Walkers clarifies the approval process for Irish insurance-linked security SPRV’s

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Global law firm with a specialist team devoted to insurance-linked securities Walkers Group have published a useful client guidance document regarding the approval process for the establishment of Irish special purpose reinsurance vehicles (SPRV’s). Walkers had a number of client enquiries about the process which their ILS team took to a meeting with the Central Bank of Ireland and then published their guidance on the matter.

A summary of the guidance published by Walkers is below.

Authorisation and approval of a new SPRV for a catastrophe bond or ILS transaction should be quicker in Ireland than it was before as they can now be directly approved by the head of wholesale insurance supervision or an authorisation committee that can be convened at short notice (usually within three days). Previously they were approved at a monthly committee meeting.

The Irish Central Bank recognises that SPRV programmes rather than standalone structures can be cheaper for sponsors and while their haven’t yet been any established in Ireland the bank will welcome applications. However they note that in order for application for an SPRV programme to go through smoothly the Bank advises:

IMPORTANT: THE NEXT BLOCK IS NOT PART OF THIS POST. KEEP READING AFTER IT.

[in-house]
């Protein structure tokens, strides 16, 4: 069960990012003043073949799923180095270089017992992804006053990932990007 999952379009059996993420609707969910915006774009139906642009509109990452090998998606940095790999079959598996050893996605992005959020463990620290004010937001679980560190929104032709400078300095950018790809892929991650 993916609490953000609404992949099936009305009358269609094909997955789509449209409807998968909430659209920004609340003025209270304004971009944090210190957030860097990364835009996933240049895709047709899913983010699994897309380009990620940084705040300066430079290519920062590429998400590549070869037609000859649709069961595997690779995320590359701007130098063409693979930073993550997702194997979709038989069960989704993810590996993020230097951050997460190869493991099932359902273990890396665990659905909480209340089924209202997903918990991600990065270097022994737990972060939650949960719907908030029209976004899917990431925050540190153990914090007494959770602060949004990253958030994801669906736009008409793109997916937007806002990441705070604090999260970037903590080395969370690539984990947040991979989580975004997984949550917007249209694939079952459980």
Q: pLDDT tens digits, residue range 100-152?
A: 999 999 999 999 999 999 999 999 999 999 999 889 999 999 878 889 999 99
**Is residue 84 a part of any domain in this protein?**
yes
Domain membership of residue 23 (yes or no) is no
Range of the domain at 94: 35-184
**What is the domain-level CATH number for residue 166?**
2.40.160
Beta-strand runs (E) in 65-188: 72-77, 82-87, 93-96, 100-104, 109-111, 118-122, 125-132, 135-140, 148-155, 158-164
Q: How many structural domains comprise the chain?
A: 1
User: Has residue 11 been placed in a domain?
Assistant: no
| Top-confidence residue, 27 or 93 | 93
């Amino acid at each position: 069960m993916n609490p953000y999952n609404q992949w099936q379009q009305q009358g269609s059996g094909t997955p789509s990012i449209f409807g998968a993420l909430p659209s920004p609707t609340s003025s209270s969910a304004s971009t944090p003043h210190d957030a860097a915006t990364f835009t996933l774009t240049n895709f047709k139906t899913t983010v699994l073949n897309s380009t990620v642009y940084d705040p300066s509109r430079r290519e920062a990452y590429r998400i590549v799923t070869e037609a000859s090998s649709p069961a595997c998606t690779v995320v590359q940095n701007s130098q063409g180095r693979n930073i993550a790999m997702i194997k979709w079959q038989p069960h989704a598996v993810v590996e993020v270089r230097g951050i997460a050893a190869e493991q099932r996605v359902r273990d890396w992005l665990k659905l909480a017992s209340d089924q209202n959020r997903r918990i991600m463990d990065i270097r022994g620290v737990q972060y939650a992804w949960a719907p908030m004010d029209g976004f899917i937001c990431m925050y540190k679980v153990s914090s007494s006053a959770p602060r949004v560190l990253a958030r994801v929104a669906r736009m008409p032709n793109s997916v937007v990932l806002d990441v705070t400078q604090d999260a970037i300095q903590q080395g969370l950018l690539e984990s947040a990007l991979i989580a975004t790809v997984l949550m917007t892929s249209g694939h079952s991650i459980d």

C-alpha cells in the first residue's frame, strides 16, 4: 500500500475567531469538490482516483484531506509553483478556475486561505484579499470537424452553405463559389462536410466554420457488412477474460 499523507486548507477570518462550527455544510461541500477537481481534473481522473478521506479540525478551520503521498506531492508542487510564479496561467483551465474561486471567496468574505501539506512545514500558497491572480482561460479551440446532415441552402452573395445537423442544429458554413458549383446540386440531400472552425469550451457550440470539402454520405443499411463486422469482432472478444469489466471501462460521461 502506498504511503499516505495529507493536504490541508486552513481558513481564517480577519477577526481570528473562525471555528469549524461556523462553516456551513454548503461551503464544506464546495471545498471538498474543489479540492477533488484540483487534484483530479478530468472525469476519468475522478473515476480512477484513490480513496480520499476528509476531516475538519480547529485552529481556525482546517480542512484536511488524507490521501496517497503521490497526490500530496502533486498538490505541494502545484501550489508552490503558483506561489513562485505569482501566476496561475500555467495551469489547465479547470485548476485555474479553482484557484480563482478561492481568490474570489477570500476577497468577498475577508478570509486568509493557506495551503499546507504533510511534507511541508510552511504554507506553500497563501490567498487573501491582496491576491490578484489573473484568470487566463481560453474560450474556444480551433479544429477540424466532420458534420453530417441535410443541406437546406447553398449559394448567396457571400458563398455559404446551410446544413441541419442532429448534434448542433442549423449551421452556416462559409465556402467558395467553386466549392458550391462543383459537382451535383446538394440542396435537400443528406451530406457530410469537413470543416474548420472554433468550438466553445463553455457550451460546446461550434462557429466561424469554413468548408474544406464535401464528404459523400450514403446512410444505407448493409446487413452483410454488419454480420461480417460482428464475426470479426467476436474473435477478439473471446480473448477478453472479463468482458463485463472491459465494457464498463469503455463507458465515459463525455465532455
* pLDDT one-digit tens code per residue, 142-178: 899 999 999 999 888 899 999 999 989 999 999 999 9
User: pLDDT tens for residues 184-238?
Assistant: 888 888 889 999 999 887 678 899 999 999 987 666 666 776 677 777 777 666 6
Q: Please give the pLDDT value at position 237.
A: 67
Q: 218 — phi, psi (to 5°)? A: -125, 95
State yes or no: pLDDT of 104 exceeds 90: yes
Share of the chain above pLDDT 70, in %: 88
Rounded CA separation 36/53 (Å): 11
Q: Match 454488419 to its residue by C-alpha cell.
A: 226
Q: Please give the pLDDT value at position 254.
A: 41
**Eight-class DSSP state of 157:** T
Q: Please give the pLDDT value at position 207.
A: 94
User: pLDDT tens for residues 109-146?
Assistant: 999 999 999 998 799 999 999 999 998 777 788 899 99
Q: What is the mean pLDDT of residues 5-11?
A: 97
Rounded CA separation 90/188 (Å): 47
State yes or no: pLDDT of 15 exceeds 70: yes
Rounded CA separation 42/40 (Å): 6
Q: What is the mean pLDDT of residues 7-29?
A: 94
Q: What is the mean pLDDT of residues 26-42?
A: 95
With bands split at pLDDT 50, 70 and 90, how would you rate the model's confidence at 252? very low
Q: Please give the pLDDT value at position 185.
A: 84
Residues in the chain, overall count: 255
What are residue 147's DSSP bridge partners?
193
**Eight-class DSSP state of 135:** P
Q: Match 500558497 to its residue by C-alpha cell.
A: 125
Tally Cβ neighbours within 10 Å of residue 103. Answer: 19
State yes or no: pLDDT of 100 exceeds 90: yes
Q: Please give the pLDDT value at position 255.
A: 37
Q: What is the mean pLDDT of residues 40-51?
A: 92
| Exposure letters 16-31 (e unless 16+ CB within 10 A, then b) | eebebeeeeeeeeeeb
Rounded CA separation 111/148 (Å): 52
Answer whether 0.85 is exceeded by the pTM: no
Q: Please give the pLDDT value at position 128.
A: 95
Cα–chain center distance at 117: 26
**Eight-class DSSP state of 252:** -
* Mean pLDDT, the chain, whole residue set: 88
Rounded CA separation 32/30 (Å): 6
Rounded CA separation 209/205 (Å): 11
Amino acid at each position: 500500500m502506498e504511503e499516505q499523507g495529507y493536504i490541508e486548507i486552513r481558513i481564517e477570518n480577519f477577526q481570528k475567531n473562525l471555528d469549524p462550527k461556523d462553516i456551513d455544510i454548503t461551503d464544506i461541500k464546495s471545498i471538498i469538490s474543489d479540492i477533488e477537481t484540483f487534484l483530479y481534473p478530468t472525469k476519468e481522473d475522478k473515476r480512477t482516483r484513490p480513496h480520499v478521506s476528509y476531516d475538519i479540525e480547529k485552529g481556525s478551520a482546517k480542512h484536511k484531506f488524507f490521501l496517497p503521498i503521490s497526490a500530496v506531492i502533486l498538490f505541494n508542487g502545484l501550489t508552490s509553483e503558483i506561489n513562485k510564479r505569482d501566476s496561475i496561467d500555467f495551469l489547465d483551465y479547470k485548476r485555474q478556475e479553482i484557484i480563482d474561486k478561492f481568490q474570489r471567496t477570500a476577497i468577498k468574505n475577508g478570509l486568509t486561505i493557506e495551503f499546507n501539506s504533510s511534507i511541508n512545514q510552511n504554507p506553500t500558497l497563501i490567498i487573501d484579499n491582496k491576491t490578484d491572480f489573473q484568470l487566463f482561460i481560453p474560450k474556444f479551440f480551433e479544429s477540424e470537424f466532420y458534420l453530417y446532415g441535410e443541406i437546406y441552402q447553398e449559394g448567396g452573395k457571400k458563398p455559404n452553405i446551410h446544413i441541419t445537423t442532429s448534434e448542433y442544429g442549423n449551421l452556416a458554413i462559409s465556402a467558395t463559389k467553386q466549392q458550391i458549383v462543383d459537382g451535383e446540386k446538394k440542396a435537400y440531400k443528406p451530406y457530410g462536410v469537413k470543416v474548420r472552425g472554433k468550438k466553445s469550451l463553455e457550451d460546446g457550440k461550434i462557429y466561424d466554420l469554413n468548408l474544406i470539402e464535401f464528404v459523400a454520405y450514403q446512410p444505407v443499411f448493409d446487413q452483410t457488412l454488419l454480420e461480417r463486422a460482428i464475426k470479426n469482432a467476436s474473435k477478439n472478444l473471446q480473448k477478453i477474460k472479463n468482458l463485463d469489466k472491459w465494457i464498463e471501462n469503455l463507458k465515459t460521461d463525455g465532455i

• the first Irish-based SPRV programme will likely involve additional engagement and scrutiny by the Central Bank. Local advisers should be engaged, and a meeting with the Central Bank should be organised, early in the structuring process;
  • the process will be assisted if indemnity based triggers are used and the structure is straightforward utilising transparent collateral arrangements; and
  • overall, we would estimate the process would take three to six months.

For an SPRV to be considered the Bank will look to ensure that the following conditions are met:

  • the SPRV is to be at all times fully funded;
  • the claims of investors must at all times be subordinated to those of the ceding reinsurer;
  • proceeds of the issuance must be invested on a “prudent person” basis;
  • there must be effective risk transfer with no significant basis risk in the structure; and
  • limited recourse and non-petition language must be included.

Read the full guidance document from Walkers here.

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